The diners, mostly in pairs, were fitting occupants of the handsome room. There was a very beautiful lady with a big diamond where the centre parting of her hair left her forehead; and another lady in a mantilla, who would have many gallants with guitars below her windows had she lived in Seville. Most of the couples were evi­dently going to the theatre, and left soon after we arrived. This was the menu

Hors-d’oeuvre variés.
Consommé Bortsch.
Crème à la Reine.
Soles à la Nantua.
Poularde Valencienne.
Tournedos Princesse.
Canards sauvages. Sauce Port wine.
Salade.
Biscuits Monico.
Petits fours.
Dessert.

When my stockbroker had drunk his Bortsch, which was well made, he began: “It is rather a long story, but it will make you die of laughing. There was a______“ but at that moment Signor Nobile, who had been smiling in the distance, came up with a leaflet on which was inscribed the names of the Royalties who have from time to time honoured the Monico with their presence. [-251-] There are evidently some regiments with Royal colonels who always go to the Monico for their annual dinner.
  
“Go on with your story,” I said, when Signor Nobile had once more smiled himself into the background; but a waiter had just then shown us a tempting dish of filets de sole a la Nantua, a plat really admirably cooked, and as my stock­broker took up his fork he said, “Yes, and be pilloried by you in print for talking to you while you are eating. Not me.”
  
The poularde, a fine fat bird reposing in a bed of rice, satisfactorily disposed of, I told the waiter not to bring the tournedos for a few minutes, and settled back in my seat to hear the story of the doubtful elector.
  
“It’s a long story; but you’ll die with laughing when you hear it,” my stockbroker began again.
  
“There was a voter, and he would tell nobody Just then the band commenced the overture to “Guillaume Tell.” Now, it is an excellent band, and M. Paul Bosc, the conductor, is an admirable soloist on the violin; but when it gets to work at a Rossini overture the music takes the place of conversation, and my stock­broker stopped abruptly and waited for a better opportunity. Before the band had concluded the waiter had given us our tournedos.
  
The wild duck we were given a la press, and when we had eaten our slices of the breast I said, like Demetrius, “ I wonder”; for I was wondering whether all the pretty ladies and good-looking gentlemen had been treated as well as we had been. Five shillings is not a very large sum. Chickens [-252-] and wild-duck cost money, even when bought wholesale, and we had been given a whole chicken and a whole wild-duck. “If I were you,” said the stockbroker, philosophically, “I shouldn’t trouble to wonder. I should either eat my dinner —and it has been a good one so far—or else I should listen to an interesting story as to the doubtful elector.”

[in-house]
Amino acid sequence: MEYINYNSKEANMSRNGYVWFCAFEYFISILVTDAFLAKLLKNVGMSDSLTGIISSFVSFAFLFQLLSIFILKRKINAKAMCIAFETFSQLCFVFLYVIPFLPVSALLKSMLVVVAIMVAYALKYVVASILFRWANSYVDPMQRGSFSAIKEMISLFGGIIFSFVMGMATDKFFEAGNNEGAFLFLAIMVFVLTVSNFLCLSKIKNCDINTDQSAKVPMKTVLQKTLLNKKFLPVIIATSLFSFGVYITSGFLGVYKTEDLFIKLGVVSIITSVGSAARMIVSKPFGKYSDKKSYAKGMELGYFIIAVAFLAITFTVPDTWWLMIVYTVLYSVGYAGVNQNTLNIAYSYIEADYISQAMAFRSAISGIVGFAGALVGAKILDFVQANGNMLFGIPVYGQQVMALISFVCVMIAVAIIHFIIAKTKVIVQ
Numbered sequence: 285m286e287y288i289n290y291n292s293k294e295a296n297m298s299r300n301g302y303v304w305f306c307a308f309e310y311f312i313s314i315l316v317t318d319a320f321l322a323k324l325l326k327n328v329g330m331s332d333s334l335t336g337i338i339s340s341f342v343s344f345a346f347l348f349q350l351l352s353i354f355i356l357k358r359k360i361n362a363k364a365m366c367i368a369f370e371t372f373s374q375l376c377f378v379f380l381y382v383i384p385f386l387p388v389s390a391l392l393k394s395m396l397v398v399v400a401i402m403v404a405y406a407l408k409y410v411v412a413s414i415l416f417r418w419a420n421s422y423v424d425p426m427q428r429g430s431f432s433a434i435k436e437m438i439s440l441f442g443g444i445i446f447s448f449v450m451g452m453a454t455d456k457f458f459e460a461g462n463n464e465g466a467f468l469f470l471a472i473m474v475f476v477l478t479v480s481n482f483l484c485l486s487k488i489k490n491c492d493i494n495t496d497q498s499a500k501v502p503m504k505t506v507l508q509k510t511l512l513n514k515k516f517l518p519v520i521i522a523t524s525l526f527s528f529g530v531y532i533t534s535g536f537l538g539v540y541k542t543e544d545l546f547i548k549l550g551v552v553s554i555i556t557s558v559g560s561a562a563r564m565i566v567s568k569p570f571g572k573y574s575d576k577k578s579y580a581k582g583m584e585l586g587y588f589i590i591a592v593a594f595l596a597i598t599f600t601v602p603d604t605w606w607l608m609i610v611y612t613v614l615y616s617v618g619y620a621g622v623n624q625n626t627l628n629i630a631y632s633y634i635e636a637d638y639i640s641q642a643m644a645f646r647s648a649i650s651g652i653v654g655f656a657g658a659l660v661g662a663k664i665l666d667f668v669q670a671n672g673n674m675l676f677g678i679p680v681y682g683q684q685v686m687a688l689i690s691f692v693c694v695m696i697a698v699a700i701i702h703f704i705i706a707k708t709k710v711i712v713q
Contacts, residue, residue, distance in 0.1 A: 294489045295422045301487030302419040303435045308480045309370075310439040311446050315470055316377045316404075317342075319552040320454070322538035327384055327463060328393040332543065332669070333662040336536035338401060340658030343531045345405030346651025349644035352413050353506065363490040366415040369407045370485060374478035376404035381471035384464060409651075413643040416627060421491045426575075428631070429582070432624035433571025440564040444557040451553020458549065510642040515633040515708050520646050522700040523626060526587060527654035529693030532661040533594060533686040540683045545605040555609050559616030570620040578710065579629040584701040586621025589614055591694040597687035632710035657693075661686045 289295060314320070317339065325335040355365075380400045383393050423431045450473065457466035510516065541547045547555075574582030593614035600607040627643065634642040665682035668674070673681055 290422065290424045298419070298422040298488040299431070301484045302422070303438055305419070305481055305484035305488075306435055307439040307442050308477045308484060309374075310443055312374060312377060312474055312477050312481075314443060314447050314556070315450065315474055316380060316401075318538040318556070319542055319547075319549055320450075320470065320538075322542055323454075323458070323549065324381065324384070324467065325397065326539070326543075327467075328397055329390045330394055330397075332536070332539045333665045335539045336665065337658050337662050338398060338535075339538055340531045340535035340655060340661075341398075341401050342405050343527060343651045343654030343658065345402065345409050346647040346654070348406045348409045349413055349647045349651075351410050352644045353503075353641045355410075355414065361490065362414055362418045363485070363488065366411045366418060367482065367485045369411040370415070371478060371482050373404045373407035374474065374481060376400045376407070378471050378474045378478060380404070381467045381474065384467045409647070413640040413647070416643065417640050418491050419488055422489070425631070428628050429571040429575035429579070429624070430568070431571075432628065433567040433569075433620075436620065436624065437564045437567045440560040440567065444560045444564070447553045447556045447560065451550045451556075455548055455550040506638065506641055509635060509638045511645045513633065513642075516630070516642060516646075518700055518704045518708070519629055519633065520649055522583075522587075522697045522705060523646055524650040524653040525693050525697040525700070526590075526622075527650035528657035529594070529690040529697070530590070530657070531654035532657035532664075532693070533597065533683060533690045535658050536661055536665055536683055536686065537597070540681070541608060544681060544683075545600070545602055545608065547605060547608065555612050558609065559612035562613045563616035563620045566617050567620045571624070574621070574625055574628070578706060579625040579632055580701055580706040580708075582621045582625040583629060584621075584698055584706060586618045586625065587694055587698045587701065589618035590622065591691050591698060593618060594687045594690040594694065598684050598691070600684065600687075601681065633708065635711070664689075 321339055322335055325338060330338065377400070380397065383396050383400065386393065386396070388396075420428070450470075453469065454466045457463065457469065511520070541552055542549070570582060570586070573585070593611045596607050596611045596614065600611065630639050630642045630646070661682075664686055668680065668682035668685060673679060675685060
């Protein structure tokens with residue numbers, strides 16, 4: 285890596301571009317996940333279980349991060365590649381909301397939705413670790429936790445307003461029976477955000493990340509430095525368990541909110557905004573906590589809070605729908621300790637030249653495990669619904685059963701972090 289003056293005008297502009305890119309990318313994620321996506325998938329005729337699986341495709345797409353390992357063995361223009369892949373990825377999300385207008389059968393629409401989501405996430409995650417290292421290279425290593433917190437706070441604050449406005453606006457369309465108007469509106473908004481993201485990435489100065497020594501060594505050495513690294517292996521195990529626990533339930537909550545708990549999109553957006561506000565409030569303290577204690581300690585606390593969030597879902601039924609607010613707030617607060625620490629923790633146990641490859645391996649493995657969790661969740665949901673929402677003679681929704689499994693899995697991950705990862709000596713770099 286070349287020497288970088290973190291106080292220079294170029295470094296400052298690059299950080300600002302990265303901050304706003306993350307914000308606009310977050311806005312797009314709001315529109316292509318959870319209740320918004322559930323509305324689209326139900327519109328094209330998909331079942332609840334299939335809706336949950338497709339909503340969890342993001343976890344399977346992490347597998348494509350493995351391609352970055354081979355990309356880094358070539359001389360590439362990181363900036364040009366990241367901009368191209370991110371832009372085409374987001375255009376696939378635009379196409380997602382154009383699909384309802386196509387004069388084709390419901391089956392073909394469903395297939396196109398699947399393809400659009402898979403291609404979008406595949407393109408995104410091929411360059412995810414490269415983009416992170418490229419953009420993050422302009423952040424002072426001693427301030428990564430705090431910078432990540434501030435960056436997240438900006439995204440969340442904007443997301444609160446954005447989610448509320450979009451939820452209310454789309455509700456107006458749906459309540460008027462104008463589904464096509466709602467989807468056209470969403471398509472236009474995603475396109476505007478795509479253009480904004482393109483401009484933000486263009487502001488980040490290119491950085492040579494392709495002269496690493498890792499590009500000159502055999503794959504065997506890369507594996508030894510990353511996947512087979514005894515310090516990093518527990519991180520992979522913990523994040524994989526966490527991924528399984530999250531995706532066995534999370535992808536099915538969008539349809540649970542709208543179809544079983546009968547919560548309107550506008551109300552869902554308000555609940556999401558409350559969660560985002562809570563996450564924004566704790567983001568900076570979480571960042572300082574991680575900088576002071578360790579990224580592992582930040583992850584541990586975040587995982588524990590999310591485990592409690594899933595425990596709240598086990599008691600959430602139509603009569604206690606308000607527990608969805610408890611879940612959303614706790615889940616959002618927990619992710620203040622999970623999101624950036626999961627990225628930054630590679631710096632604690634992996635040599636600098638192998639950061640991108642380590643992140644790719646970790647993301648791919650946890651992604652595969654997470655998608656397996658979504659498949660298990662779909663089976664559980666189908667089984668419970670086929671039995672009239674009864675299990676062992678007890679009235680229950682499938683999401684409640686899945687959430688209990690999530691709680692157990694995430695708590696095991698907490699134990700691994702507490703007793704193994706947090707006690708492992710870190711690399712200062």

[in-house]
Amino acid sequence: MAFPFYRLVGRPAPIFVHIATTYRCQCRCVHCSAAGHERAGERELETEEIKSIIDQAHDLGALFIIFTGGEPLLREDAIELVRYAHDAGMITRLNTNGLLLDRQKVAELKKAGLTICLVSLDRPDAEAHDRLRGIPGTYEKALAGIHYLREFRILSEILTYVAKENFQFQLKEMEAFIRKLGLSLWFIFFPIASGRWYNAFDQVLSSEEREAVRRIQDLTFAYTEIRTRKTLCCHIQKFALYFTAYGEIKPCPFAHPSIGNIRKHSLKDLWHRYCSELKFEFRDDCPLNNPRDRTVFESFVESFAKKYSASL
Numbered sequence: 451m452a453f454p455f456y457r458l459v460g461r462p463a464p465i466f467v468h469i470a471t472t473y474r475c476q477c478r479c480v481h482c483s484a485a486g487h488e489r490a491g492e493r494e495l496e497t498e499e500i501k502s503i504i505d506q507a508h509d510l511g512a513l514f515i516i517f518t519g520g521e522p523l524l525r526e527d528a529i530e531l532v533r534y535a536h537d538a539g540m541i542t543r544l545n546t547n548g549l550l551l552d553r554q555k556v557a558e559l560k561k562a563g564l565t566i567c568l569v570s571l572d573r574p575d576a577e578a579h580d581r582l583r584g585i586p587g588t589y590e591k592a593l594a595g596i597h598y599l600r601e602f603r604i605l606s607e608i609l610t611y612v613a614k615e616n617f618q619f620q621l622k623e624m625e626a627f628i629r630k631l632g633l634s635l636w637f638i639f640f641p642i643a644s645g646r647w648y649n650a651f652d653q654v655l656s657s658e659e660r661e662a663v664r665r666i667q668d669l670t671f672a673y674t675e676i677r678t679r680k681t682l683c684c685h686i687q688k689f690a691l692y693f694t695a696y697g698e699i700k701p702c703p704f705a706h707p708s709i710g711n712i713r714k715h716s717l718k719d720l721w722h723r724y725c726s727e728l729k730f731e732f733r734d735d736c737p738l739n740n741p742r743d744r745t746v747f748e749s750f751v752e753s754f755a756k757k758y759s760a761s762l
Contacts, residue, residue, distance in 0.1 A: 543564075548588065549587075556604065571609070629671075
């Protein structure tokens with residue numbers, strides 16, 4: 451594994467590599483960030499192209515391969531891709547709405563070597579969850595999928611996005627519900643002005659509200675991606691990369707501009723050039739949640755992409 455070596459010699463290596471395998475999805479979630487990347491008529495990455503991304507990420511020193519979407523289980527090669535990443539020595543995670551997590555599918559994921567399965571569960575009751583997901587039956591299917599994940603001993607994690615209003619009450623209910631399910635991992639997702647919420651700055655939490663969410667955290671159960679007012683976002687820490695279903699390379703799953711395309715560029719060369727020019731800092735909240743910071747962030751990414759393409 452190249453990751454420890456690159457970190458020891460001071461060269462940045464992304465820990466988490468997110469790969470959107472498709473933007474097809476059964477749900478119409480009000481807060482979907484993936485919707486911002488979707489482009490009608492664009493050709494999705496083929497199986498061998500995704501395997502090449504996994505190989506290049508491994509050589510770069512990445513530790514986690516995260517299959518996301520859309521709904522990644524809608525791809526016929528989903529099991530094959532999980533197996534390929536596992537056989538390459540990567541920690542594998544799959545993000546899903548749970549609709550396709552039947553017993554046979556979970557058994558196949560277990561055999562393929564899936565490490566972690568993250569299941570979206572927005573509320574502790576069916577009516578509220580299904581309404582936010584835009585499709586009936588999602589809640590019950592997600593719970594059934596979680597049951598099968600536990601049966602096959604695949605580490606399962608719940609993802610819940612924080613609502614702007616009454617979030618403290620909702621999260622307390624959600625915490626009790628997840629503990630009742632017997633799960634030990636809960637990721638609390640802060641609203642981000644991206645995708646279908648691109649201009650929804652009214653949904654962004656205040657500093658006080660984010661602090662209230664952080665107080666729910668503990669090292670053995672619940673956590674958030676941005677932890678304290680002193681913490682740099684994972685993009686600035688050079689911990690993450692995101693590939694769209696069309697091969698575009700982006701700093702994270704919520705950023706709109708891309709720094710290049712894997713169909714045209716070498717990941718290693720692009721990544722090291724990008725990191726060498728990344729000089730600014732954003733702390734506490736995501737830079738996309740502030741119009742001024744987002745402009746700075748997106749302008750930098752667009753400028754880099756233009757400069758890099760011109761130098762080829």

I took his advice, in so far as eating my dinner was concerned, for the biscuit was capital.
  
Signor Nobile came up to ask if the dinner had been satisfactory, and I had only pleasant words to say to him. Then my stockbroker drew a long breath, and was about to begin, when once more I interrupted him. “Pardon me,” I said, “let me order coffee and liqueurs, and pay my bill. The orchestra is enjoying ten minutes’ interval, and there will be, once the bill is paid, nothing to interrupt the flow of your discourse, nothing to mar my enjoyment of it.”
  
This was the bill :—Two dinners, l0s.; one bottle 210, 16s. 6d. ; liqueurs, 5s. ; coffee, 1s. total, £1:12:6. This paid, I prepared to enjoy a really good story. “There was a voter who would tell no one on which side he was going to vote,” I commenced, to gently lead my stock­broker up to his story. But he looked at his watch. “Very sorry, my dear boy,” he said, “but I have an appointment in two minutes’ time I daren’t break. I must tell you the story another day. It’s a bit long, but you’ll die with laughter when you hear it.”
  
I have not as yet heard that voter story, and am still alive.
  
6th December.